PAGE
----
Bitter about being double-crossed by the women he loved, (and with the police after him to boot), Bill vows to seduce the next woman he sees, then throw her away. His brother Dennis, ...
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Jude, a college literature professor, falls for one of his students. She is more interested in the empirical experience of a relationship with a man whose life is ruled by the themes of the... See full summary »
After being thrown out of her house, Maria encounters a married woman who complains of not having children. Maria ends up in an abandoned house, where she meets Matthew. When a baby is kidnapped Maria sets out to find the woman.
Socially inept garbage man Simon is befriended by Henry Fool, a witty roguish, but talentless novelist. Henry opens a magical world of literature to Simon who turns his hand to writing the ... See full summary »
Thomas Jay Ryan,
The same situation is played out in different cities (New York, Berlin and Tokyo). A lover has to choose whether to commit to a partner who is returning home. In each case there are other ... See full summary »
Robert John Burke,
A ten-years-later continuation of Hal Hartley's "Henry Fool", where Fay Grim (Posey) is coerced by a CIA agent (Goldblum) to try and locate notebooks that belonged to her fugitive ex-husband (Ryan). Published in them is information that could compromises the security of the U.S., causing Fay to first head to Paris to fetch them ...
Henry and Fay's son Ned sets out to find and kill his father for destroying his mother's life. But his aims are frustrated by the troublesome Susan, whose connection to Henry predates even his arrival in the lives of the Rifle family.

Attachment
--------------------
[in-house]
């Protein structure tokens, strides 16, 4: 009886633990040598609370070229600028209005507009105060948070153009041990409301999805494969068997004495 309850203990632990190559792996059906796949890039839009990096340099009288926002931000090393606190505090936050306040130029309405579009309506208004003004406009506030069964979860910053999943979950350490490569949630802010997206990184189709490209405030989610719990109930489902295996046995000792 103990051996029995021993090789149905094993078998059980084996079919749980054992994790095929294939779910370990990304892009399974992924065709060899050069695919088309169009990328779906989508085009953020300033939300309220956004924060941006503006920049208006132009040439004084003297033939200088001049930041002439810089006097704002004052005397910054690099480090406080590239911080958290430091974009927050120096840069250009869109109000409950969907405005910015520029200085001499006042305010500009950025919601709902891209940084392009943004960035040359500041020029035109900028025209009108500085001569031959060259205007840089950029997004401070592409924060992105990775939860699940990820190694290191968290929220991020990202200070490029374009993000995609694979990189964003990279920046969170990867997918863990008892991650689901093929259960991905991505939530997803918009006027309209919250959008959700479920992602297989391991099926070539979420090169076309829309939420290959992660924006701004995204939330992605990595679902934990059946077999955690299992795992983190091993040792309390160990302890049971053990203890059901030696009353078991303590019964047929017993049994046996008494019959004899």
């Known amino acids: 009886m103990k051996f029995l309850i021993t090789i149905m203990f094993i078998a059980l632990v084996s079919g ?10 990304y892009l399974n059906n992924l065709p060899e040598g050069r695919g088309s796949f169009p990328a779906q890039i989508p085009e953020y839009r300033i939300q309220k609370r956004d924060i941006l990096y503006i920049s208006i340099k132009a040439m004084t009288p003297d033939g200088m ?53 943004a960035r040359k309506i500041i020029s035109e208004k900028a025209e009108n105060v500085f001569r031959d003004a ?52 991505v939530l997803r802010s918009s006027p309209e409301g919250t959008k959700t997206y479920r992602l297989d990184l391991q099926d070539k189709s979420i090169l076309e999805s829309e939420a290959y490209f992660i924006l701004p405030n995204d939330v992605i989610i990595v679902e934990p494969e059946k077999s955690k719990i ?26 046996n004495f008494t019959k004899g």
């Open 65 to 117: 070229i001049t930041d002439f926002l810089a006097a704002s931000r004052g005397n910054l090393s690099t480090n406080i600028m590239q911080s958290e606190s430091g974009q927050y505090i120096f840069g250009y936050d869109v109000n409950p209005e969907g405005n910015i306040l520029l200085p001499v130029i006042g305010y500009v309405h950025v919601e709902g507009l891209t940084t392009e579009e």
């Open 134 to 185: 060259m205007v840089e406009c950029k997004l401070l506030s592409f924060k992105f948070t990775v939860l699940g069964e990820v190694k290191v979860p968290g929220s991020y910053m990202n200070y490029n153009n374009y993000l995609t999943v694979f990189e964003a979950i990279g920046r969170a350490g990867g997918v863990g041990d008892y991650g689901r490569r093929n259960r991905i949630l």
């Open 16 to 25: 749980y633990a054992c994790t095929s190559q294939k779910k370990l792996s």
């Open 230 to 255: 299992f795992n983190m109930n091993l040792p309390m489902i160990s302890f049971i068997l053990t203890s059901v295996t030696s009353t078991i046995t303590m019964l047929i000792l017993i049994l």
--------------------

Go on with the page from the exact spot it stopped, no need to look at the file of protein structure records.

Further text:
Robert John Burke
The end of the millenium has taken on a certain significance in modern day prophecies. What happens if Jesus Christ has second thoughts about the Apocalypse? It is December 31, 1999 and New... See full summary »
A series that is comprised of twenty-one monologues written by American playwrights which form a sort of fractured portrait of the American collective psyche. Ranging from the sad to the ... See full summary »
Bitter about being double-crossed by the women he loved, (and with the police after him to boot), Bill vows to seduce the next woman he sees, then throw her away. His brother Dennis, meanwhile, is equally determined to track down their long lost father, a revolutionary who has been in hiding for 20 years. For different reasons, both leave New York and head for Long Island, out of money, and short on ideas. D:"Long Island is a a terminal moraine." B:"What's that?" D:"It's the material left behind when a glacier recedes." D:"Gee, then what the hell are we waiting for?"Written by
Stuart Criley <firstname.lastname@example.org>
"There's no such thing as adventure. There's no such thing as romance. There's only trouble and desire." It's probably the best-known phrase of this movie, but actually it's a quote from Fritz Lang's movie Dr. Mabuse the Gambler (1922). See more »
I know he's a man of his word. I know he believes in things.
He's a womanizer.
Yea, well, ah, he wouldn't leave a woman as attractive as yourself behind.
You're a womanizer too, then.
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Like Mr. Hartley's other movies, this film manages to balance humor, romance, drama, emotion, and action. It has a vaguely surreal air to it, wherein the events are plausible, but could only happen on those strange, unsettled days of the year when the sky can't decide whether to rain or not. There is also a bit of camp mixed in.
Also like his other films, Simple Men is quite idealistic, yet without being sappy or 'feel-good' in a cheap or simplistic way. This is a subtle movie, and I found I had to watch it a second and third time before I truly appreciated it. It's hard to compare it to anything else except Hartley's other movies, especially the excellent Henry Fool. I recommend it highly.
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